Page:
I like northern Michigan too, especially in the summer time! I must have
been about 12 when my dad fixed our patio door so it wouldn't close like
that anymore (with a standard "air pressure stabilizer"--I'm not sure of the
right terminology). I am reliving the relief as I sit here (how many loud
"WHAK's" do you need to hear?) We were instructed to close it gently, but
you know how other kids are. Good luck with your door!
The pine screen door on the house I grew up in is over 100 years old far
as I know. My brother still lives in the house and the screen door is
exactly as it was when I was born 63 years ago. It always made the
"whack" you speak of, the result of a long spring closer. If the wood
is not getting wet and not in the sun, about any wood will last forever.
I could take a picture of it if you like, it is a rather nice, old
fashion screen door.
The door was green but I noticed my brother painted it white, probably
20 - 30 years ago...
Pine is an excellent wood for weather as well, much better than oak. It
is less durable though, so it should "wear" quite nicely:-)
I'd suggest sturdy building methods if you want it to "whack" and last.
Half lap joints or deep tongue mortise joints would be my choice. I
think this one has mortise and tenon joints if I had to guess.
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Pine is not Pine you might say.
If it was SYP or some old growth type pine that is a very different
animal than the "white" pine you will get a Lowes or HD, likely
Ponderosa on the west coast. Much softer and knottier. You can upgrade
into Eastern Slope (of the Sierra) Lodgepole (ESL) and you'll have
smaller knots and a little more hardness but lots of the fast growth
Pine today won't stand up like what our grand dads could get.
I live in N.C. and I can tell you that you don't
want a SYP screen door. I have seen it tried and
it won't work for very long.
Douglas Fir remains the king of screen doors in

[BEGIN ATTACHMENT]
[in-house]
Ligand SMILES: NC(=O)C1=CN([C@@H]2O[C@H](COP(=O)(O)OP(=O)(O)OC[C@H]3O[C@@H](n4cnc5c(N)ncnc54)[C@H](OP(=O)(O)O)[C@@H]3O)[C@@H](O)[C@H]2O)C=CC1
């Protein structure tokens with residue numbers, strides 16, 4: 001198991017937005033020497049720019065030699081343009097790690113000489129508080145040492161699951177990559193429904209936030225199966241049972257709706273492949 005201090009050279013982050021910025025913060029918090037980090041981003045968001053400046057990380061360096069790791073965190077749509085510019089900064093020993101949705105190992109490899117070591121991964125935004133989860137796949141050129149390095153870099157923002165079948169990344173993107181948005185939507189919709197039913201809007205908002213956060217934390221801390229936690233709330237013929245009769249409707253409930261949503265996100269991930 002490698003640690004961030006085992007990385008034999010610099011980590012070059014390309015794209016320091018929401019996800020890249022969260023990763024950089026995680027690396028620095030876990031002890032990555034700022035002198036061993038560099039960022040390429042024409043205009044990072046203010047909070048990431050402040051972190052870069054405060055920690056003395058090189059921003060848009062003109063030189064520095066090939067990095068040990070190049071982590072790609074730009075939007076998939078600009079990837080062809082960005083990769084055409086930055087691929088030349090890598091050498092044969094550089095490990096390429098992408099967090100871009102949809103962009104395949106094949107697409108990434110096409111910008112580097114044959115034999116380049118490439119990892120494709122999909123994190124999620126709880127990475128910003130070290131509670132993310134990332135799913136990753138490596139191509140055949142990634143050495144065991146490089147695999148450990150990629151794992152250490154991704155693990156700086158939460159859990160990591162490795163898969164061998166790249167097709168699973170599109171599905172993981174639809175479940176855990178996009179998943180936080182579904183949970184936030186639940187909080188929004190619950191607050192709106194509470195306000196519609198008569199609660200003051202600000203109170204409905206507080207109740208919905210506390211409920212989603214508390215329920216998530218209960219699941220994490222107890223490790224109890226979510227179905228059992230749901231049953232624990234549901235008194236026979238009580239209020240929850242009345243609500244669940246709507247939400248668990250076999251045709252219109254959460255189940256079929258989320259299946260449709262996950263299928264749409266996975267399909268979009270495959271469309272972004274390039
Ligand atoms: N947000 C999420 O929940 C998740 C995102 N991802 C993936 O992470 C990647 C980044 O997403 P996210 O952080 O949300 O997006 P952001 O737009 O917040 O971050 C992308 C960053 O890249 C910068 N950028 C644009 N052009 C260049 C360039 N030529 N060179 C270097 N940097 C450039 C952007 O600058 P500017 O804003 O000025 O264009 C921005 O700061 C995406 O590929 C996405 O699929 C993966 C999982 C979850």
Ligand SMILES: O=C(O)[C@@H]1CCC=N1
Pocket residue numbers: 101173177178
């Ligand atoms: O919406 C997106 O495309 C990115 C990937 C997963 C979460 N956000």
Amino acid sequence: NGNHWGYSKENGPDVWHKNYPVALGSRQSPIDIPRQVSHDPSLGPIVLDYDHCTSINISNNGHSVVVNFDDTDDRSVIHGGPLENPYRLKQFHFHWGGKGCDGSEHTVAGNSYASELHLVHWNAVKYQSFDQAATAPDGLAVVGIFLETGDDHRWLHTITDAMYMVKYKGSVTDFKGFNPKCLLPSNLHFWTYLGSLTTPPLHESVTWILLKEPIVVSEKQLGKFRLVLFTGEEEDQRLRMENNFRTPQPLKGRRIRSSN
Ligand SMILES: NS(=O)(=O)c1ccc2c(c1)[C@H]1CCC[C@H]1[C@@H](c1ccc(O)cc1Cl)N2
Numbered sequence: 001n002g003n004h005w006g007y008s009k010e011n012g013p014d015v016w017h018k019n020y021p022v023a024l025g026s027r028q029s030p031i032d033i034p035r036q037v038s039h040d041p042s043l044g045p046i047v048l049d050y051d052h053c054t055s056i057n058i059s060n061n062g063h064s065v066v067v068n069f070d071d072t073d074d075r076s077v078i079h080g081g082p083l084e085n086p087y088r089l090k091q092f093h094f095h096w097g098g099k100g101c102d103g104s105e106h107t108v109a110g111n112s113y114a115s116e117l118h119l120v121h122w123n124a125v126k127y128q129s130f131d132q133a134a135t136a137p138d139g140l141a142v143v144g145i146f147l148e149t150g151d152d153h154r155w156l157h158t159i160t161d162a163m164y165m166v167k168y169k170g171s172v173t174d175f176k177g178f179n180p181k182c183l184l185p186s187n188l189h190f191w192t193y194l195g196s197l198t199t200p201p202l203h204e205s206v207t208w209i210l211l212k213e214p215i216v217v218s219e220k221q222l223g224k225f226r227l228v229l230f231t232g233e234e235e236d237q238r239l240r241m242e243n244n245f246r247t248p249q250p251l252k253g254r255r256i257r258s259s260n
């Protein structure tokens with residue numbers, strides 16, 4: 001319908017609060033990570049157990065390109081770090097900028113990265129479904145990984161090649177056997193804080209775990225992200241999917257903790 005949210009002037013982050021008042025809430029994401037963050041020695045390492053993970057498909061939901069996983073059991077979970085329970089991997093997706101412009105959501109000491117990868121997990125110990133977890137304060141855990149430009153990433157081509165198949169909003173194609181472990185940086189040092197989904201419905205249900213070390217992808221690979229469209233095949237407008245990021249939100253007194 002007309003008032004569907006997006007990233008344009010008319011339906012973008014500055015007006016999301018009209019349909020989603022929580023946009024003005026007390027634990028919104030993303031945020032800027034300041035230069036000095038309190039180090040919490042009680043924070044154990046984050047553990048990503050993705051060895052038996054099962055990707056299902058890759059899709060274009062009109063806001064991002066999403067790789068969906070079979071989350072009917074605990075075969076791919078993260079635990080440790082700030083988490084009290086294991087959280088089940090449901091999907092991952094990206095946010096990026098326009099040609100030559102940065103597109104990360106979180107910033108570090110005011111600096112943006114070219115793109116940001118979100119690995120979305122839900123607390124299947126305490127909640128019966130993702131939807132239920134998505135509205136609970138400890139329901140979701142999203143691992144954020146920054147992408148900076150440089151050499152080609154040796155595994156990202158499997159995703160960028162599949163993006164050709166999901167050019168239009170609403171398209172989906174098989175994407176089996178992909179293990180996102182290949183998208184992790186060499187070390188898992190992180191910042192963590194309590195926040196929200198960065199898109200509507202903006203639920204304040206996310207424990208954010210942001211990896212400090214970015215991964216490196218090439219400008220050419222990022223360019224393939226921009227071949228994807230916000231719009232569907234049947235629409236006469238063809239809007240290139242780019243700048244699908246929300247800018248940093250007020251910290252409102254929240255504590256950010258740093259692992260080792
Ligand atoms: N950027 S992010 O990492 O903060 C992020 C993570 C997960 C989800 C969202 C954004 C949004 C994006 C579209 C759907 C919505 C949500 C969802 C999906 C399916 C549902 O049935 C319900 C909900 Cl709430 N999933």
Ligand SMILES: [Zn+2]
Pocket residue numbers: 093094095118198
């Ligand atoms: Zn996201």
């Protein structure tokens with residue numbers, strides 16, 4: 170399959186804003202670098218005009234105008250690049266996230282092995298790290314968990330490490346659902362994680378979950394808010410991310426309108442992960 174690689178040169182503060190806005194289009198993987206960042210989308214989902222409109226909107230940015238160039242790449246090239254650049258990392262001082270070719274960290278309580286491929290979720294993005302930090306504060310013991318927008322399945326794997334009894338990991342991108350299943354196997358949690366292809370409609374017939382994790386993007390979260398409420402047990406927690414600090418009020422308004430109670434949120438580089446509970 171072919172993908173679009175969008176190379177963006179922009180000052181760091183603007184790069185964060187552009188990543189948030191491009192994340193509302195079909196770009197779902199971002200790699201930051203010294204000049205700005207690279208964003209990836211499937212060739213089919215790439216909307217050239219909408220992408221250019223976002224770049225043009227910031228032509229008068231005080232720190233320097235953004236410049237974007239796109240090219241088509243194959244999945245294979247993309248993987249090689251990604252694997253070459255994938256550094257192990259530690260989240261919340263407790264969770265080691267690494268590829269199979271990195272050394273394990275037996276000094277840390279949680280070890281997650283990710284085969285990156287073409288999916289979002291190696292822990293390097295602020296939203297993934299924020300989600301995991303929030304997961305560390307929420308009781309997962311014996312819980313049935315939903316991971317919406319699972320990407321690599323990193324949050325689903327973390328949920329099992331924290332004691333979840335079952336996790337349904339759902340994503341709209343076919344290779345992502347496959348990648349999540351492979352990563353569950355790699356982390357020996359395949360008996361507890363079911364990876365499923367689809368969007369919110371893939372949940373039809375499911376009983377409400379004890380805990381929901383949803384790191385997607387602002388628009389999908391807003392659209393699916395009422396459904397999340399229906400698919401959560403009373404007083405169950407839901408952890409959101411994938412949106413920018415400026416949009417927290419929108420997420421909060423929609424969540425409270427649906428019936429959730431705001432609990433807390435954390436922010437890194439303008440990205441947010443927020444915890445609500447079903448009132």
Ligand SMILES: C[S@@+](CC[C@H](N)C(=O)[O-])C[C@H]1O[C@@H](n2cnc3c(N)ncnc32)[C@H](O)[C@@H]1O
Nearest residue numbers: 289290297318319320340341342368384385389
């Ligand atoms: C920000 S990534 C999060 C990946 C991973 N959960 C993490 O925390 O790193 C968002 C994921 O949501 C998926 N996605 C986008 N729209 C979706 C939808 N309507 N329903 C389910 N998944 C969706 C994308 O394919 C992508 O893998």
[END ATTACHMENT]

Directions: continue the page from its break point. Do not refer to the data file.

After many years of screwing around with screen
doors, my next one is probably gonna be a nice
Wood is fine but fiberglass is the finest material
for exterior doors.
It don't rot,twist,warp,bow or lose it's finish
in a very brief period of time.
I haven't seen a fiberglass screen door, but i would
jump all over that if available.
Lots of people seem to look down on Pine but it is one of my favorite
woods. I have never had a chance to work with SYP but have always
heard it is nice stuff. I agree an exterior thin frame hanging from
one side on hinges of any wood is going to have challenges. I suppose
White Oak (as someone else mentioned (my absolute favorite wood) ) or
maybe Mahogany would hold up better in the elements.
Eastern white pine is the traditional window frame/door material. Ages
ago, it wasn't hard at all to find it in large sizes essentially clear;
now it is still available but pricey and a very sizable fraction goes to
the commercial window people such as Andersen et al. and is never on the
SYP is a mixed bag; as someone else noted, early growth in it is
probably the most notably different in characteristics from most of what
one obtains today as any wood I know. Most now is produced on managed
tracts and grows at a much faster rate than did the specimens from the
virgin pine woods. Consequently, it tended to have a much more closely
spaced growth rings and so the amount of soft wood between the harder
rings was much reduced. It works easily enough when fresh but the
resins tend to really harden and it is much harder and less amenable to
handwork if old. It tends to produce splinters if grain is not parallel
to edges similar to fir. A splinter that starts is almost impossible to
prevent from continuing to separate.
It would need to be some sort of
frame surrounded by glass.
I suspect with all that slamming,
glass might not be a good choice.
I have seen a composite door made by
"Screen Tight" but they are kinda ugly.
I just noticed that they also sell a
solid wood door.
and a pressure treated model.
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